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How To Prepare and Plant A Flower Bed

I love both flowering plants and cut flowers – seeing them in the garden or in a vase in the house makes my little heart patter in a very good way.  My garden is full of succulents, bromeliads and plants from the Mediterranean and Australia.  It certainly is not a riot of color but the interest from foliage, form and texture sure is there.  I have a few pots planted with annuals here and there and always have a vase or two of flowers inside thanks to our farmers market.  I would have been a great flower child in the 60’s.

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 The “Walkway Bed” before it’s prep & planting

 I go up to Pacifica (just south of San Francisco) twice a year to do annual color changes in a garden I’ve worked on for many years.   Yippee … this scratches my itch for shopping for blooming plants.  A trip to nurseries buying flowers is one of the most fun ways I can think of to spend an afternoon or 2.    In mid May I jam packed my car with plants, leaving just enough room to see out the mirrors, and headed north for the 5 hour drive.   Below, I layout the steps I take  to preparing and planting a bed.   And, be sure to check out the video How To Prepare And Plant A Flower Bed  shot in this same garden at the end of this post.

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Most of the pansies & bulbs have already been removed from this bed.  

Steps To Planting

I plan out how many plants I will need according to how wide each one grows.  Because I am planting annuals in these beds, they will grow fast.

The unwanted perennials, annuals from the previous season & weeds get removed.

Perennials to remain get divided & moved to other beds.  The remaining perennials & roses get pruned & cleaned up.

The soil gets turned over & then smoothed out to fill in the spaces were plants have been dug out.  When planting annuals, I don’t get too crazy with the digging because they don’t root too deep.

The plants are laid out.  I like to plant in blocks of color – it’s more restful on the eyes.  The walkway bed is done in shades of pink & rose while the fairy bed is done in reds.  Both are accented & tied together with accents of blue lobelia.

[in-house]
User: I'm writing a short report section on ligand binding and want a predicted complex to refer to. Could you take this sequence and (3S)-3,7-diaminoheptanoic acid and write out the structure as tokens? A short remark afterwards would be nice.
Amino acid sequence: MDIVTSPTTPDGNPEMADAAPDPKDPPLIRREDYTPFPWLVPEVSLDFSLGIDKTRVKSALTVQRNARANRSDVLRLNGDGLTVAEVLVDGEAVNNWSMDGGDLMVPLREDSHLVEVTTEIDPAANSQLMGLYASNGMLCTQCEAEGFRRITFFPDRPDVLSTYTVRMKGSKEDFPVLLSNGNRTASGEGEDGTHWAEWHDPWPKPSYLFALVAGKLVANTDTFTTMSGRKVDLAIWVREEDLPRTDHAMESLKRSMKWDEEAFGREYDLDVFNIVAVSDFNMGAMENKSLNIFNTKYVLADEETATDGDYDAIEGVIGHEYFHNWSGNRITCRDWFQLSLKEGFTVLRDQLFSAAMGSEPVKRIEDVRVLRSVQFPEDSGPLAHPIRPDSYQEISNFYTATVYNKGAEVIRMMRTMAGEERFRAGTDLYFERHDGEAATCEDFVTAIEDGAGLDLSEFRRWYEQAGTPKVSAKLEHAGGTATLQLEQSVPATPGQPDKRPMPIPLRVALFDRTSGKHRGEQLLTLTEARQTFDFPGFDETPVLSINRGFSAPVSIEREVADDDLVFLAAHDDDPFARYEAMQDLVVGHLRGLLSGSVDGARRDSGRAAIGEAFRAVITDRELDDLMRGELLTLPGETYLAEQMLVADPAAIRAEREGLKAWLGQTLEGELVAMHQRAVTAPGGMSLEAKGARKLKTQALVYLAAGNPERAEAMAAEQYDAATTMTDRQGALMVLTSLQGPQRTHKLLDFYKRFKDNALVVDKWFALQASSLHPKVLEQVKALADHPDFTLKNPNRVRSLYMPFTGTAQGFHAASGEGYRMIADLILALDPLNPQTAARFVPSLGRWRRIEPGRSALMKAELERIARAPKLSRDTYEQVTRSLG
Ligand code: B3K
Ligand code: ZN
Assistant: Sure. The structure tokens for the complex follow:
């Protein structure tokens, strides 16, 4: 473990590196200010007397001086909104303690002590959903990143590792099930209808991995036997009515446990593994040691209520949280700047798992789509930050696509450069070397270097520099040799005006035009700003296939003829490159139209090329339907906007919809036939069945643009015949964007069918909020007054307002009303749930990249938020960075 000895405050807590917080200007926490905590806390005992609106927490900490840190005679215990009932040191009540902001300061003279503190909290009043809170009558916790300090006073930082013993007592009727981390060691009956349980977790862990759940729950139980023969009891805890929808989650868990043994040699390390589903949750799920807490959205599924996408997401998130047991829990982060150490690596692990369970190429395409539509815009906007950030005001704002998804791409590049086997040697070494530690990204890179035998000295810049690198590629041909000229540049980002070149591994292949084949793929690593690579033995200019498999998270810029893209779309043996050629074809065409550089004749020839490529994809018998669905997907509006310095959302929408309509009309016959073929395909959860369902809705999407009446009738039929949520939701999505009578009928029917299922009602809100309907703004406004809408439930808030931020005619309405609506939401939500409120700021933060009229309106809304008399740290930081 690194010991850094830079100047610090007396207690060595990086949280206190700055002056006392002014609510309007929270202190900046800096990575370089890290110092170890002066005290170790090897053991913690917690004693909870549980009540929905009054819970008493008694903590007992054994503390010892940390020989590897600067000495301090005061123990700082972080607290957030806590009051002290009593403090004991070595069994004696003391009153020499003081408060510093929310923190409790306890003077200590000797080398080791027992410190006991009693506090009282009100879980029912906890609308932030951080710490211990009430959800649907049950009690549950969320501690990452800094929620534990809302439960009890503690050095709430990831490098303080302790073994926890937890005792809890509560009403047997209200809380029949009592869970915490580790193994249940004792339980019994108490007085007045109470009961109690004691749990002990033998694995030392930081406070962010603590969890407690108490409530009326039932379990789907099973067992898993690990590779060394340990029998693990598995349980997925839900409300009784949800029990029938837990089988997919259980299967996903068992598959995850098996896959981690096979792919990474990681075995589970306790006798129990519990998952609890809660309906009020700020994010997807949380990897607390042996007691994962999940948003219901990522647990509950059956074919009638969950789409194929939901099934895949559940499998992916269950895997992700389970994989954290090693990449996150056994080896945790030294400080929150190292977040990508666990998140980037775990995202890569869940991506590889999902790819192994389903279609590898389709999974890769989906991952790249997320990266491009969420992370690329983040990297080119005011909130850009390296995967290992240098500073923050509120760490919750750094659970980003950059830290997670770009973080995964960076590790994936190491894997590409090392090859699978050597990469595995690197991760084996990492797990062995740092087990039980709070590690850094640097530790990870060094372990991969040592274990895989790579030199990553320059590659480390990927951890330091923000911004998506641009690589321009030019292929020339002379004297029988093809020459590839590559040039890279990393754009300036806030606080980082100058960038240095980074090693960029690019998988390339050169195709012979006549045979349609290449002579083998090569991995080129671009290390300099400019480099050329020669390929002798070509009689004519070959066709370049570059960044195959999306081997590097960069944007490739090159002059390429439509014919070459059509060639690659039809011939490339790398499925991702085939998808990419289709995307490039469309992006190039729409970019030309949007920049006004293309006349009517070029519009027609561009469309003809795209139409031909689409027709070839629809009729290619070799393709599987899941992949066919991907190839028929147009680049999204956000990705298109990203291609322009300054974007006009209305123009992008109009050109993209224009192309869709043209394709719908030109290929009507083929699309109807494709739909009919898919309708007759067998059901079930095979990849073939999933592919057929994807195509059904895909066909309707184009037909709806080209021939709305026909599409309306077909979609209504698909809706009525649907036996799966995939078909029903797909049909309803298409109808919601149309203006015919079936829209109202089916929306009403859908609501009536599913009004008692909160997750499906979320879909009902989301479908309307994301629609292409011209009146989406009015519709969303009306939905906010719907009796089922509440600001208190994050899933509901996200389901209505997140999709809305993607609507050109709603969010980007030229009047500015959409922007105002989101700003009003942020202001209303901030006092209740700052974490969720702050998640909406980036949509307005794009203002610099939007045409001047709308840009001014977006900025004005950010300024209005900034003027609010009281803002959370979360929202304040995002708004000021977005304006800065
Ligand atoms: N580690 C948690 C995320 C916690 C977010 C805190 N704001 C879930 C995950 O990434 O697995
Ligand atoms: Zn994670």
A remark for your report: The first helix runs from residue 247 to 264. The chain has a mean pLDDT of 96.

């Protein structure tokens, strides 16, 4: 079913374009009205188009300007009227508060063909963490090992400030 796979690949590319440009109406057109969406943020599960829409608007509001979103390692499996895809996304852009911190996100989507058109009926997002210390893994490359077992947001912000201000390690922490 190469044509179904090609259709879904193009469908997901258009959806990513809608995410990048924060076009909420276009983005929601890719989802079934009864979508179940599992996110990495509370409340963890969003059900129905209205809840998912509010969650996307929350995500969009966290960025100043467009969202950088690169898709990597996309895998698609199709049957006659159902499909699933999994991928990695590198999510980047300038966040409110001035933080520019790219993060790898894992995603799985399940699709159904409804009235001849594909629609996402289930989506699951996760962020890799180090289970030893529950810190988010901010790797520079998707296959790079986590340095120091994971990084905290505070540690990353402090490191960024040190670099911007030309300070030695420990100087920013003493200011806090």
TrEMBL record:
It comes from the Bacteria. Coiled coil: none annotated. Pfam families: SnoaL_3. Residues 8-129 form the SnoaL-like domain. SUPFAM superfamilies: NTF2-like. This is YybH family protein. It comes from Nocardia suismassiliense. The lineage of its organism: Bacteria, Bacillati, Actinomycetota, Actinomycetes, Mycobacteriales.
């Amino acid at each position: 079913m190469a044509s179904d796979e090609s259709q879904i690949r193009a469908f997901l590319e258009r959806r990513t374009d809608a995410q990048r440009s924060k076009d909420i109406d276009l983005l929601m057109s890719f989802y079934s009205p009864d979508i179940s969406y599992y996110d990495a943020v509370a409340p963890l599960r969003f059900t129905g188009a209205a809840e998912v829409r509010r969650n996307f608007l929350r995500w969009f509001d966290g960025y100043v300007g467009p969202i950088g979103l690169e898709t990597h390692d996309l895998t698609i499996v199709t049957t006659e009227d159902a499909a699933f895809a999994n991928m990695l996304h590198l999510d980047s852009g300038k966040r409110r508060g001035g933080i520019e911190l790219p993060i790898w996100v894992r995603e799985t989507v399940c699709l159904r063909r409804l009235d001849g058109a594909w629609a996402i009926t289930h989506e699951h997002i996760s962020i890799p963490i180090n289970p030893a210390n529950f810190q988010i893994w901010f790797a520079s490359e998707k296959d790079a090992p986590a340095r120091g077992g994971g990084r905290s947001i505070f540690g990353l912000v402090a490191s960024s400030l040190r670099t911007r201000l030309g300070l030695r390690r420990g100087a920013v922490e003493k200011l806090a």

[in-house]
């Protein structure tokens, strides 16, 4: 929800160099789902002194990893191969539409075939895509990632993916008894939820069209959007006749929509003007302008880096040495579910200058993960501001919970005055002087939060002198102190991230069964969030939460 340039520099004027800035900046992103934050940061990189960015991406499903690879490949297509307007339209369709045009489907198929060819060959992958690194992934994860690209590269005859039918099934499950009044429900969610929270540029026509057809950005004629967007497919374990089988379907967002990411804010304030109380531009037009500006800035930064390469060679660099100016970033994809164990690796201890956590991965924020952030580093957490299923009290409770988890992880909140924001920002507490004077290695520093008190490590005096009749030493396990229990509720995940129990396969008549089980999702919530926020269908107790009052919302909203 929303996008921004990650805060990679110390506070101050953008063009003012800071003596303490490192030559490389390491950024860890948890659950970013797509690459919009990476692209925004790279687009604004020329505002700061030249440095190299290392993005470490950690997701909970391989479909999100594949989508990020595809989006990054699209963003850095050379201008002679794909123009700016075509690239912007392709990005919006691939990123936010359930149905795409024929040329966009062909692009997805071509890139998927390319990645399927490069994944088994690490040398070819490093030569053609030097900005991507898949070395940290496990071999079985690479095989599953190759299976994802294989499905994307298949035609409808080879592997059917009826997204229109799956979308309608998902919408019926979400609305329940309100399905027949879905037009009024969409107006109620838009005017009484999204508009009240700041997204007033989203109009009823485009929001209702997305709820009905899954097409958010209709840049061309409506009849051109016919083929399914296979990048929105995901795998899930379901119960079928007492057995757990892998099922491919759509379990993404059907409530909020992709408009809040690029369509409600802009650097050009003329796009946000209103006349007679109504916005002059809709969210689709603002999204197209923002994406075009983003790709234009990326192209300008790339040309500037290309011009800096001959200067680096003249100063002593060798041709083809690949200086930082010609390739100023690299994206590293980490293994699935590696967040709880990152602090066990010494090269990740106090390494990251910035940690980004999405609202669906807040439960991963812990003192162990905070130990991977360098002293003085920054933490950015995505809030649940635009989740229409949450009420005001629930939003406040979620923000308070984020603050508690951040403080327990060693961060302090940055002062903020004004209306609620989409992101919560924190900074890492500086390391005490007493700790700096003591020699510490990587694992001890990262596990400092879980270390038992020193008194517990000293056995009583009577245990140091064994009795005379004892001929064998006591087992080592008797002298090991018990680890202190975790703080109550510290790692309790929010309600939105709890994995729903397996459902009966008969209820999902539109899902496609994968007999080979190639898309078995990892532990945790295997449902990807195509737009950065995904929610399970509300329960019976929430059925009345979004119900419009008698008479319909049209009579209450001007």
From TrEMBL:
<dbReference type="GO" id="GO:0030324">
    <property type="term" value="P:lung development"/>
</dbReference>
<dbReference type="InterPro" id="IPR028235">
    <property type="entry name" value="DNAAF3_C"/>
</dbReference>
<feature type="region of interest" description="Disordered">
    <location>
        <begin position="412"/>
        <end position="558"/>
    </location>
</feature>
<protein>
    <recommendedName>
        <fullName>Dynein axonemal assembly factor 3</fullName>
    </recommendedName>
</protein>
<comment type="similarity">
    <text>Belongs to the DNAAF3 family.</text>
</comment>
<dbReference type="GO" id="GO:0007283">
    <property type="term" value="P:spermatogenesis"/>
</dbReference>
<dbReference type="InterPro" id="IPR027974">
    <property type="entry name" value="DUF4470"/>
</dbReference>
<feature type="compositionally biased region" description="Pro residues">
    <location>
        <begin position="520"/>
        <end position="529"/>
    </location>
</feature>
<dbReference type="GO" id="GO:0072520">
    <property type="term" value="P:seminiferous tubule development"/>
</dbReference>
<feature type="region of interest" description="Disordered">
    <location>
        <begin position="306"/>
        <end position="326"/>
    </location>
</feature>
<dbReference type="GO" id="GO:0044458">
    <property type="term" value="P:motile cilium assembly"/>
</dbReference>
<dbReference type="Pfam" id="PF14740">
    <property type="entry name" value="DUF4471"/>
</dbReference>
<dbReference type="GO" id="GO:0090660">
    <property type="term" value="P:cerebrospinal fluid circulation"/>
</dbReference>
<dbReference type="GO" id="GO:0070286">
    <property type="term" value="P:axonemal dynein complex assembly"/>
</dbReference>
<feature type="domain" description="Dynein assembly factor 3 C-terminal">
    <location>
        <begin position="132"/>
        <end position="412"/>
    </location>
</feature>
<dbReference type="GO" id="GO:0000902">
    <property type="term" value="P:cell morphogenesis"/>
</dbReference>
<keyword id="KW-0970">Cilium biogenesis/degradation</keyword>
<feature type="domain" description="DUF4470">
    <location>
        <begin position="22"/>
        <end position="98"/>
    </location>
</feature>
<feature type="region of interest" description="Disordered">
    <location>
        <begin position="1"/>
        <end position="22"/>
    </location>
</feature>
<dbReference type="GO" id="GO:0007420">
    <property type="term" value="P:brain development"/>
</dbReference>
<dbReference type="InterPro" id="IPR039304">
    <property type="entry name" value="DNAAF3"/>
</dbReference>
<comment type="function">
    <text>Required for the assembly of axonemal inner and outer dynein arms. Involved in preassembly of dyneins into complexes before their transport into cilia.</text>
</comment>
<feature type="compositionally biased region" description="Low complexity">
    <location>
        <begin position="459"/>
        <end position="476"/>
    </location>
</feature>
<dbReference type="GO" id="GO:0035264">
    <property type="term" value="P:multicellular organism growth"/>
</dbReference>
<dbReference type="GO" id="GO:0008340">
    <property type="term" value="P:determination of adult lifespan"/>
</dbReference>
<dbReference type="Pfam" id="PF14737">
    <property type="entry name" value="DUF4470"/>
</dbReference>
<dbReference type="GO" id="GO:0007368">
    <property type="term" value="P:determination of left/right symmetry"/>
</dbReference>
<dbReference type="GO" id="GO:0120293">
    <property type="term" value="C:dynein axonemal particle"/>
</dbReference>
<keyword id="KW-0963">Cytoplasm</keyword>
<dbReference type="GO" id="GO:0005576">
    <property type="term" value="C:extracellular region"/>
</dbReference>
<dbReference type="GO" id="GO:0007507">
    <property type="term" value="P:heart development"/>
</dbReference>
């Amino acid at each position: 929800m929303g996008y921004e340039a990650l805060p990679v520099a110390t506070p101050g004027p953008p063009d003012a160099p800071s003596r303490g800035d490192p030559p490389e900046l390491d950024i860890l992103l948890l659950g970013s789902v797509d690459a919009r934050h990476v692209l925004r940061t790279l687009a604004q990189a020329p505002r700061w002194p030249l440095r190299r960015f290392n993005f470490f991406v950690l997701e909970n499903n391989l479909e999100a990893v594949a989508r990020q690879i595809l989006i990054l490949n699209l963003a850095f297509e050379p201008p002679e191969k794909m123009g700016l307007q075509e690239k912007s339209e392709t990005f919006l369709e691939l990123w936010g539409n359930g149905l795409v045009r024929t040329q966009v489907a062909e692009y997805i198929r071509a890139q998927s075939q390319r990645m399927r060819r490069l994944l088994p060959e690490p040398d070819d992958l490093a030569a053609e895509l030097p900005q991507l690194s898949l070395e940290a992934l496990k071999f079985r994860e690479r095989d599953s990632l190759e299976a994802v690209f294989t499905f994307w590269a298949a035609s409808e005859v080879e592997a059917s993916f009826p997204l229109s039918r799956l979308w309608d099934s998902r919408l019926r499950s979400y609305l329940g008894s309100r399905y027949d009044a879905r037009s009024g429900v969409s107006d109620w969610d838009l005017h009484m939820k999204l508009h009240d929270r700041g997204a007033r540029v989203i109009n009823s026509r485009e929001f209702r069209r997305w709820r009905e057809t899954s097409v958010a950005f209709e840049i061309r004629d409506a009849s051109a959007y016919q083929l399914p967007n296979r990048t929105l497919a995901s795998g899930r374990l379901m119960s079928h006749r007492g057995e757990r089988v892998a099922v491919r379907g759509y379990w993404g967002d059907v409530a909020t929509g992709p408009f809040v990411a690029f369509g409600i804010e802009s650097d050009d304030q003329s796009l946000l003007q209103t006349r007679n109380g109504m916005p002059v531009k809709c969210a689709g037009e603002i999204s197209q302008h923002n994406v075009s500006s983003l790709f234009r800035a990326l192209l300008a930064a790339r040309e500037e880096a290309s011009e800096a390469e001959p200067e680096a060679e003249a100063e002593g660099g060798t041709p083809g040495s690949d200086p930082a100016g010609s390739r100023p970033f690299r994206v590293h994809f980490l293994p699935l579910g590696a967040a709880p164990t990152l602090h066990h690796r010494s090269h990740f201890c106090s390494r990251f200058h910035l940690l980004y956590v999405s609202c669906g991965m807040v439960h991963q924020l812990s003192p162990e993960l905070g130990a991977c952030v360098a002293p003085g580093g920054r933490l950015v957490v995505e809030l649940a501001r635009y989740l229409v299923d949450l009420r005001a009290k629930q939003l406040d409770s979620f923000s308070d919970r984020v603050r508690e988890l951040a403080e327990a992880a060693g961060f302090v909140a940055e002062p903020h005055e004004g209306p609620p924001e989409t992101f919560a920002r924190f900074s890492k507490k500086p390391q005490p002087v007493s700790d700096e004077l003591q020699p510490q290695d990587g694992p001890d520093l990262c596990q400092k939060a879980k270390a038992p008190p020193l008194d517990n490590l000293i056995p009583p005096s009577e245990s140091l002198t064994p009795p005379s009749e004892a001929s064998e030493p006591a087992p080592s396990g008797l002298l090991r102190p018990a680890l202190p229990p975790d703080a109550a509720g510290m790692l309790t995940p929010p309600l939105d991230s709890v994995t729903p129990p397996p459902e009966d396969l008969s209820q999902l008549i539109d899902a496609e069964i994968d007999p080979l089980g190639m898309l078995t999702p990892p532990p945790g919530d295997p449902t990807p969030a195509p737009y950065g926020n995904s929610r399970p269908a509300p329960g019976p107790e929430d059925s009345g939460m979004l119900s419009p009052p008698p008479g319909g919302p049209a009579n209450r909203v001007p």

In this location, the pocket gophers are plentiful.   “Baskets” are made from chicken wire to fit  the root ball size.  

Holes are dug & the planting begins.  I believe in enriching the soil with composts only but when it comes to annuals, I use fertilizer too.  The blend we use is 2 parts rose & flower food, 1 part alfalfa meal & 1 part  composted chicken manure  – all organic of course.  We use a tablespoon or 2 per plant depending on the root size.   At home I plant with worm compost but this garden has an abundance of worms so I skip it here.

The soil is smoothed out again & the drip irrigation tubes adjusted if necessary.  

2”  of compost is spread on top.  This is a natural way to feed plants & conserve moisture.  In this garden, it also hides the irrigation tubes.

The garden art is put back in.

The new plants are watered before they’re planted (if needed) & then again after planting.

The growing begins & a colorful masterpiece will evolve.

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A few bulbs remain – weeds & volunteers are taken out also.   

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Some of the perennials which are not doing well get taken out.  The others get a pruning if needed.  

This cleans things up so you can really visualize the layout.

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This Alstroemeria is one of the “pretties” which remain.

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The 3 roses in this bed are thinned out & shaped at this time – it’s easier done before the annuals have all grown in.

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The 2 pictures above show some of what will be planted in theses beds – impatiens, new guinea impatiens and lobelia in 6 pak, 4″ & gallons.

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The finished walkway bed – now grow!

Flower beds require a little extra prep and care but it’s well worth it.  Who doesn’t want to add a little color to their summer world?

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